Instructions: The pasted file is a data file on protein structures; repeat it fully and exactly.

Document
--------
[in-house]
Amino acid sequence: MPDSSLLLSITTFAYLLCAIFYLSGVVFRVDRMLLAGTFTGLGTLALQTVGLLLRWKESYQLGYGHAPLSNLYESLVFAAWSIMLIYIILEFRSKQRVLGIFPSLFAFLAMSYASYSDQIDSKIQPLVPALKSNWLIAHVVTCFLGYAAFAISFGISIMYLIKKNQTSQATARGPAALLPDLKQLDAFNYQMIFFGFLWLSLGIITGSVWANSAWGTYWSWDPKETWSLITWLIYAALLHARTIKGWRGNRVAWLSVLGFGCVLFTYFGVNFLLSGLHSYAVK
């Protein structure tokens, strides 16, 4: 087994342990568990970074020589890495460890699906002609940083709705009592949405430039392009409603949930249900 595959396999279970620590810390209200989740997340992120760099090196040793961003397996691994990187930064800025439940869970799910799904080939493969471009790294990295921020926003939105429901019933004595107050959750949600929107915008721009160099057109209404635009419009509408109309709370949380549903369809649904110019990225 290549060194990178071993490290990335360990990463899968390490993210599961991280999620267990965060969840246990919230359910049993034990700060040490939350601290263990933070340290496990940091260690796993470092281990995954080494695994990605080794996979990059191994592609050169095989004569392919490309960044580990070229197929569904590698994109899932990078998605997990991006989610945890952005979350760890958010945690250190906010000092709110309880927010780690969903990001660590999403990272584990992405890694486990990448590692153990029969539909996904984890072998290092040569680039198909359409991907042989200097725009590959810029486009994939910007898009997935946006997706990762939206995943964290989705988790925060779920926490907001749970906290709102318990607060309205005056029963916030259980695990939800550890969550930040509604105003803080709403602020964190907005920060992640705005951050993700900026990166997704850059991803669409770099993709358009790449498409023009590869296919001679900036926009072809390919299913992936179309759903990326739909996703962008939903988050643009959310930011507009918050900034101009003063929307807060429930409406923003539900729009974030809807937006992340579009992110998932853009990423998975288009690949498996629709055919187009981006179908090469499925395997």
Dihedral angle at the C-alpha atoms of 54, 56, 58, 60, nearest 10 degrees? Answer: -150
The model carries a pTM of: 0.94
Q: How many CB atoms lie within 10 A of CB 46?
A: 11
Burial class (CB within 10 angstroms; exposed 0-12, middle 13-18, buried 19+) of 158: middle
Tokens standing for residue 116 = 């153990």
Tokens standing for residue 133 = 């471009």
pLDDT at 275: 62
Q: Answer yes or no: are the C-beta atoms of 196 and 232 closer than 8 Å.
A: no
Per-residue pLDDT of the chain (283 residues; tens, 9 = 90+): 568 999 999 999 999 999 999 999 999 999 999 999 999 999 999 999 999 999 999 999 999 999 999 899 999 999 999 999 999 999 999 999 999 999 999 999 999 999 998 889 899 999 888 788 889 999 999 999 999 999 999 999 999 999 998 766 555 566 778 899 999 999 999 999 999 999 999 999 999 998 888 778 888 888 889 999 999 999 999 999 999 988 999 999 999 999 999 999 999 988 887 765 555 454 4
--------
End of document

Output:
[in-house]
Amino acid sequence: MPDSSLLLSITTFAYLLCAIFYLSGVVFRVDRMLLAGTFTGLGTLALQTVGLLLRWKESYQLGYGHAPLSNLYESLVFAAWSIMLIYIILEFRSKQRVLGIFPSLFAFLAMSYASYSDQIDSKIQPLVPALKSNWLIAHVVTCFLGYAAFAISFGISIMYLIKKNQTSQATARGPAALLPDLKQLDAFNYQMIFFGFLWLSLGIITGSVWANSAWGTYWSWDPKETWSLITWLIYAALLHARTIKGWRGNRVAWLSVLGFGCVLFTYFGVNFLLSGLHSYAVK
């Protein structure tokens, strides 16, 4: 087994342990568990970074020589890495460890699906002609940083709705009592949405430039392009409603949930249900 595959396999279970620590810390209200989740997340992120760099090196040793961003397996691994990187930064800025439940869970799910799904080939493969471009790294990295921020926003939105429901019933004595107050959750949600929107915008721009160099057109209404635009419009509408109309709370949380549903369809649904110019990225 290549060194990178071993490290990335360990990463899968390490993210599961991280999620267990965060969840246990919230359910049993034990700060040490939350601290263990933070340290496990940091260690796993470092281990995954080494695994990605080794996979990059191994592609050169095989004569392919490309960044580990070229197929569904590698994109899932990078998605997990991006989610945890952005979350760890958010945690250190906010000092709110309880927010780690969903990001660590999403990272584990992405890694486990990448590692153990029969539909996904984890072998290092040569680039198909359409991907042989200097725009590959810029486009994939910007898009997935946006997706990762939206995943964290989705988790925060779920926490907001749970906290709102318990607060309205005056029963916030259980695990939800550890969550930040509604105003803080709403602020964190907005920060992640705005951050993700900026990166997704850059991803669409770099993709358009790449498409023009590869296919001679900036926009072809390919299913992936179309759903990326739909996703962008939903988050643009959310930011507009918050900034101009003063929307807060429930409406923003539900729009974030809807937006992340579009992110998932853009990423998975288009690949498996629709055919187009981006179908090469499925395997």
Dihedral angle at the C-alpha atoms of 54, 56, 58, 60, nearest 10 degrees? Answer: -150
The model carries a pTM of: 0.94
Q: How many CB atoms lie within 10 A of CB 46?
A: 11
Burial class (CB within 10 angstroms; exposed 0-12, middle 13-18, buried 19+) of 158: middle
Tokens standing for residue 116 = 């153990």
Tokens standing for residue 133 = 């471009």
pLDDT at 275: 62
Q: Answer yes or no: are the C-beta atoms of 196 and 232 closer than 8 Å.
A: no
Per-residue pLDDT of the chain (283 residues; tens, 9 = 90+): 568 999 999 999 999 999 999 999 999 999 999 999 999 999 999 999 999 999 999 999 999 999 999 899 999 999 999 999 999 999 999 999 999 999 999 999 999 999 998 889 899 999 888 788 889 999 999 999 999 999 999 999 999 999 998 766 555 566 778 899 999 999 999 999 999 999 999 999 999 998 888 778 888 888 889 999 999 999 999 999 999 988 999 999 999 999 999 999 999 988 887 765 555 454 4